The Owls have averaged fewer than 6,000 fans per season 10 times in the last 12 years, and that number could grow to 11 of 13 this season. Those numbers make little sense when you consider that Dunphy has led the Owls to the NCAA tournament in six of his eight seasons and is in position to do so again this year.
Again, the biggest finger needs to be pointed at the alumni. Those are the people Temple must persuade to come back to the North Philadelphia campus if they want to take the athletic programs to another level. If they cannot do it with a traditionally successful basketball program, it's reasonable to wonder whether it would be worthwhile to spend the millions it would take to erect an on-campus football stadium.
"Our building is fantastic - one of the best in the country," Kraft said. "It can rock. The history is here. Winning obviously helps and we're getting there. Fran is one of the best coaches in college basketball, and that's a nice thing to have.
"We have to get the alumni to buy in and feel that passion. We have to look in the mirror and continue to do our part to give them a product they can be enthused about. Our current students drive the energy. The alumni can see them and get excited.
"Yes, it's a pro sports town, but . . . we do not allow that to be an excuse here. Our focus is trying to get that group of alumni to come back and have pride in what we're doing. We have to get people talking and coming to games."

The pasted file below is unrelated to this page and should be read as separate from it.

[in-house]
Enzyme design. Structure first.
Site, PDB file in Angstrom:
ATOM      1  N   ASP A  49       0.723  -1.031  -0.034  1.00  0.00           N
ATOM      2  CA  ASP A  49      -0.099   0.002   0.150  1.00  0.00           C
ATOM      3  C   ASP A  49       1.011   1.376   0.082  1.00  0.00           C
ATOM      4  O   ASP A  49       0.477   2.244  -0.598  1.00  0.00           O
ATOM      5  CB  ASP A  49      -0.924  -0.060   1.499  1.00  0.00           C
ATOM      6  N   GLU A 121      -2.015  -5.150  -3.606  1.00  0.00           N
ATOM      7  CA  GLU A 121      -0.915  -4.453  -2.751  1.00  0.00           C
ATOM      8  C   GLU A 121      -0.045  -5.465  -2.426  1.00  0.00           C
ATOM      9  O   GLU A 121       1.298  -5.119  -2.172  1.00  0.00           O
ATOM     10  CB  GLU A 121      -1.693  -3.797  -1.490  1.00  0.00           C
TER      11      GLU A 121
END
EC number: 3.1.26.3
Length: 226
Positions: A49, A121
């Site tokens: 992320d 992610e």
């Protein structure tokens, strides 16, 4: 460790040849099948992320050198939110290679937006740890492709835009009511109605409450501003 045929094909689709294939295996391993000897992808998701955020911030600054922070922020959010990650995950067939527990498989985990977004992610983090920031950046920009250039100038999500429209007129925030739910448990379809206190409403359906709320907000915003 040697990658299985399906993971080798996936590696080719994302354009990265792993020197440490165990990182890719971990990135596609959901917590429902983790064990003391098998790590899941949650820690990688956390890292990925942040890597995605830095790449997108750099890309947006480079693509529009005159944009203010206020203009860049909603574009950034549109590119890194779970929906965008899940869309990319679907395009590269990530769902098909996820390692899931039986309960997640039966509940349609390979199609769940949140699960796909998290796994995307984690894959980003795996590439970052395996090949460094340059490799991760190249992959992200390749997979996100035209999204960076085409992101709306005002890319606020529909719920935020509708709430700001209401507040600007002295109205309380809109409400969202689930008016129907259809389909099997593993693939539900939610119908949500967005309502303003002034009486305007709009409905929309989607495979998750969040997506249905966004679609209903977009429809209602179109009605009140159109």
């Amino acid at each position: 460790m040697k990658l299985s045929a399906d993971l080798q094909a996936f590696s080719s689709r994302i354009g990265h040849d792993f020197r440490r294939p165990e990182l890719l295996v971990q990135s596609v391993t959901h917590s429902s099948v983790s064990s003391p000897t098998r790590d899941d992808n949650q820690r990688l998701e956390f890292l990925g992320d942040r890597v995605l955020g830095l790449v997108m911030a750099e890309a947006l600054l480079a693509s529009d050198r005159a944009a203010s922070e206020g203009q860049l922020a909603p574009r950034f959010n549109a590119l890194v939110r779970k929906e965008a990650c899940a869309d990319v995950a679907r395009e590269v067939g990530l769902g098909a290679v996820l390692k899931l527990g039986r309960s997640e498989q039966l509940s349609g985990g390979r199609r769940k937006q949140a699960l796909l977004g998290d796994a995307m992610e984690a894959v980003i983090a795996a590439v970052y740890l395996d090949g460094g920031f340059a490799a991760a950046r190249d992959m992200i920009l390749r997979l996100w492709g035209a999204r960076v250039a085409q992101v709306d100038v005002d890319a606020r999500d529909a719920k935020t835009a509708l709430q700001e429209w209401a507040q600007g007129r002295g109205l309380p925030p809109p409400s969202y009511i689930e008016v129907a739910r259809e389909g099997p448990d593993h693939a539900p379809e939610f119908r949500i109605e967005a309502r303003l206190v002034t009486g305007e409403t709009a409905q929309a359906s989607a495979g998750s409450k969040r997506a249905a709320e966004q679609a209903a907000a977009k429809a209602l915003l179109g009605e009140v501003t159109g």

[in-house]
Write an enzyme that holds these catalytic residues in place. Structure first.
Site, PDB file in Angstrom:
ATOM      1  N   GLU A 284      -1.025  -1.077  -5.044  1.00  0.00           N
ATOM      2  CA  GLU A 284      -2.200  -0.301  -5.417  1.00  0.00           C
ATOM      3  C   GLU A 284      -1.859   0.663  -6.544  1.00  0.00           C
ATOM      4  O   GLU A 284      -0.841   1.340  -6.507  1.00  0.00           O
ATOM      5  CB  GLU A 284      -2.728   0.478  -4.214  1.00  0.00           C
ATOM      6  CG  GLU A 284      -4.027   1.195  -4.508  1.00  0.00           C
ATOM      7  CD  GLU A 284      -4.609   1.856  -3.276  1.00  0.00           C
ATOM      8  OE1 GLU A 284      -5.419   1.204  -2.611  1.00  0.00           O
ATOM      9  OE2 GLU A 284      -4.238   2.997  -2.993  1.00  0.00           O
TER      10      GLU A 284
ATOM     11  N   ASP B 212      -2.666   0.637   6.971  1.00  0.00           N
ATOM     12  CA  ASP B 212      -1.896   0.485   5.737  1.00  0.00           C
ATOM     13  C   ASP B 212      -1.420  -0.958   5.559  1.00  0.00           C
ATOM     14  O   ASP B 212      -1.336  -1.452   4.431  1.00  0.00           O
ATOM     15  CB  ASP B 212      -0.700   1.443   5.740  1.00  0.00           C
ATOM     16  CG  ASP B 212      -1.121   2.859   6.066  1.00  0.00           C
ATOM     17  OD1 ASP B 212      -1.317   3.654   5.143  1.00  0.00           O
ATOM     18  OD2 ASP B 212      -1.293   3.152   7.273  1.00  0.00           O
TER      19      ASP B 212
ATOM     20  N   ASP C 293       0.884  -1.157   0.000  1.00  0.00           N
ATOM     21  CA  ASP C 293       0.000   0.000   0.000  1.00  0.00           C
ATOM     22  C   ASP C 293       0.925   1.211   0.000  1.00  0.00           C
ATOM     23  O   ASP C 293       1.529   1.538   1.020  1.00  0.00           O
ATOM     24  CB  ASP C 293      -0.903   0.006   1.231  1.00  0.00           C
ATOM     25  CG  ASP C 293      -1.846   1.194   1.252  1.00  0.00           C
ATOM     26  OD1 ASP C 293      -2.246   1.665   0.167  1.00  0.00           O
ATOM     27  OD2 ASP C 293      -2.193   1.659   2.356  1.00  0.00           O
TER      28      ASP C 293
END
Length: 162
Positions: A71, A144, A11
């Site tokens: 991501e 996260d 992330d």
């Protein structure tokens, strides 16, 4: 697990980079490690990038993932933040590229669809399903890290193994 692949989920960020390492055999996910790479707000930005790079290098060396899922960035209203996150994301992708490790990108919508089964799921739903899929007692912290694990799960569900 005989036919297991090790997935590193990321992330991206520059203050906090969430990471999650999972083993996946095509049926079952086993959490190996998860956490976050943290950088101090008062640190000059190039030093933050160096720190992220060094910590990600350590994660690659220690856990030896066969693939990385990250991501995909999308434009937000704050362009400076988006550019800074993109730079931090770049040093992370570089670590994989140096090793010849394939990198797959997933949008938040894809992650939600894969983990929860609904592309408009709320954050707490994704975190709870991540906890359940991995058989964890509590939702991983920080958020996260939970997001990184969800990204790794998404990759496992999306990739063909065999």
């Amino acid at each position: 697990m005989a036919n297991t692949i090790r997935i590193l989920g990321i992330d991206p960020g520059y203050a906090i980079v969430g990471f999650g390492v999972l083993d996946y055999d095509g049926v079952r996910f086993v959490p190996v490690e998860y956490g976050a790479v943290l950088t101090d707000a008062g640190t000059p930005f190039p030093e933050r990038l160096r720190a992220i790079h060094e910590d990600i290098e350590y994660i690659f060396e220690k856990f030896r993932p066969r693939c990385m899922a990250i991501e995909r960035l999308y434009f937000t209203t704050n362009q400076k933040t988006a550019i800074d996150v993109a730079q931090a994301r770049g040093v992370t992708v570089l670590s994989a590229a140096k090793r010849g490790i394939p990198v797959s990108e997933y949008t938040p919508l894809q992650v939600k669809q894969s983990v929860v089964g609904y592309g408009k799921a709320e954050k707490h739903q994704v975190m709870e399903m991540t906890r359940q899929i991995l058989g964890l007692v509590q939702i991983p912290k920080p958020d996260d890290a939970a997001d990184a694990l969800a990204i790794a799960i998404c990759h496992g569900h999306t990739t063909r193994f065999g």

History has proved that is a tough sell, and only the many Temple alumni can change that history.
How Temple Crowds Stack Up
Here's a look at how Temple's overall attendance and attendance at the Liacouras Center compares with the other teams in its conference.
Team Arena Capacity Avg. Attendance
Memphis FedEx Forum 18,119 13,701
Connecticut XL Center 16,294 12,934
Gampel Pavilion 10,167 9,805
Webster Bank Arena 10,000 9,124
Combined average 11,165
Cincinnati Fifth Third Arena 13,176 8,615
SMU Moody Coliseum 7,000 6,898
Temple Liacouras Center 10,200 5,159
Wells Fargo Center 19,500 11,188
Combined average 5,623
Tulsa Reynolds Center 8,355 4,996
East Carolina Minges Coliseum 8,000 4,494
Central Florida CFE Arena 10,000 3,871
South Florida Sun Dome 10,411 3,448
Houston Hofheinz Pavilion 8,479 2,479
Tulane Devlin Field House 4,100 1,729
Through Tuesday's games
Temple vs. Villanova Attendance
Here's a look at how Temple and Villanova have compared in home men's basketball attendance since the Owls started playing in the Liacouras Center during the 1997-98 season. The record for the teams in each year is in parentheses. The ranking indicates where they stood among Division I teams in attendance. Temple was not in the top 100 three times and that is noted by the word "out" in the Owls' ranking. This year's rankings will not be available until after the season.
Year Temple avg. att. Rank Villanova avg. att Rank
1997-98 (21-9) 7,964 57 (12-17) 8,391 54
1998-99 (24-11) 7,725 61 (21-11) 8,540 54
1999-00 (27-6) 8,481 54 (20-13) 7,884 62
2000-01 (24-13) 7,138 74 (18-13) 7,298 70
2001-02 (19-15) 7,123 69 (19-13) 7,325 66
2002-03 (18-16) 5,202 out (15-16) 8,584 54
2003-04 (15-14) 5,782 93 (18-17) 7,449 70
2004-05 (16-14) 4,614 out (24-8) 8,260 60
2005-06 (17-16) 5,725 93 (28-5) 9,949 42
2006-07 (12-18) 4,312 out (22-11) 10,706 38
2007-08 (21-13) 6,117 93 (22-13) 9,838 49
2008-09 (22-12) 5,933 90 (30-8) 9,404 52
2009-10 (29-6) 6,376 83 (25-8) 10,936 38
2010-11 (26-8) 5,925 90 (21-12) 10,511 38
2011-12 (24-8) 8,165 58 (13-19) 8,923 44
2012-13 (24-10) 5,917 96 (20-14) 8,022 55
2013-14 (9-22) 5,963 88 (29-5) 8,943 48
2014-15 (18-7) 5,622 ?? (21-2) 9,389 ??
Through Tuesday's games
- Bob Brookover